Filthy as a pig sty
Equally as important as the diet of the animal is how it was raised and kept.
- Was the animal caged inhumanely?
- Was the animal allowed access to pasture, sunlight and fresh air?
- Was the animal elbow deep in doo doo and given one square inch in which to live out its short life?
Chickens like to run around loose, freely pecking at grass and eating unsuspecting grasshoppers. They are omnivores who enjoy their greens as well lizards and insects. The most omega 3s are found in eggs from pastured chickens (i.e. chickens who roam free a majority of the time). Cows are ruminants whose mains source of food should be grass and forage. They are designed to be constantly grazing on pasture. Commercially farmed animals are generally caged or confined unnaturally and fed a grain or soy-based diet. This causes all sorts of trouble for them and for the unsuspecting humans eating their meat, eggs and milk. Choosing products from animals that are naturally, sustainably and humanely farmed ensures you get the healthiest, most nutrient dense food.
My chicken’s injected with what?
Once you’ve considered what the animal ate and how it was raised, you must consider what happened after slaughter or collection and during processing. I know no one really wants to talk about the fact that eggs come from a chicken’s butt or that your juicy, rare T-bone is really a piece of a dead cow, but it’s a fact folks. How animals are treated directly before being slaughtered makes a difference in the meat you eat. That’s a whole other post in itself (or maybe not…), but sadly, it’s true.
How your eggs or milk are handled after collection makes a difference in the quality and nutrition.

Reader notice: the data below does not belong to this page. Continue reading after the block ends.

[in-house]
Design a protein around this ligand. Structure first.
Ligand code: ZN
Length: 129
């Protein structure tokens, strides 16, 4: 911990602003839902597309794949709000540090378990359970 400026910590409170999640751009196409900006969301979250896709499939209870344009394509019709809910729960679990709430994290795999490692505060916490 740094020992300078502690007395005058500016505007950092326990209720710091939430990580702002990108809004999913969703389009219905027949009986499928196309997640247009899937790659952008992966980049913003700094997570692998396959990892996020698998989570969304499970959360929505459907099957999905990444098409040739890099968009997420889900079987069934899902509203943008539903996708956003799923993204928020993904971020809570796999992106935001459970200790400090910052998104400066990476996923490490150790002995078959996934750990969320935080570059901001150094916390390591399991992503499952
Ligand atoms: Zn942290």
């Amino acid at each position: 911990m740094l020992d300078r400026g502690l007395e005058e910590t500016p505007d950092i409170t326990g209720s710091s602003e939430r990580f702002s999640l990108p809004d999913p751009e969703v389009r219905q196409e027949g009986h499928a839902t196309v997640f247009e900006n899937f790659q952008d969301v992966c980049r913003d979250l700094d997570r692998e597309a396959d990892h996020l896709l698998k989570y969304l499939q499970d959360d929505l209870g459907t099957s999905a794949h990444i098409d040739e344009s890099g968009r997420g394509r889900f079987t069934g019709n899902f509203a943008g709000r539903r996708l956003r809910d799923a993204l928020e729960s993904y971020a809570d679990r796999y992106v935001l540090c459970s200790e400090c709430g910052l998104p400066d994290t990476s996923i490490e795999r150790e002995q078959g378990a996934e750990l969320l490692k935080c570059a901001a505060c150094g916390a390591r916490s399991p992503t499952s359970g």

- Is your milk pasteurized or homogenized?
- Were your eggs pasteurized? How old are those eggs really when you buy them? I have read that some are upwards of six months old when sitting on the grocery store shelf.
- Is your chicken injected with a “solution” of mysterious origins? Oh yes people, they do that, too.
My most asked question for a while was does this meat contain fillers or the dreaded “pink slime”? (dry heave) While it seems completely ridiculous, up to 80% of ground beef has “pink slime” added to it. Our own FDA has given its blessing for this nonsense since 2003. What’s “pink slime”, you ask? That’s a story for another day, kiddies. Or Google it. On second thought, don’t if you ever plan to eat a fast food burger again. To make sure you never unwittingly partake of “pink slime”, make sure to always buy meat labeled “USDA Organic”. If possible, get yours from a local grass-fed farm. Only 100% beef there.
Bottom line here, friends, is to be informed consumers. Do your best to know what you’re eating. Learn to read labels and pay attention to ingredients. Your health is worth the extra time and cost it takes to source out organic, ethically and sustainably raised food. We are given stewardship and dominion over the animals of the earth to use carefully and with prudence and thanksgiving. It’s our job to make sure that we’re taking that responsibility seriously and doing the best we can for our animal friends.
CC Images courtesy of Archief National and the U.S. National Archives on Flikr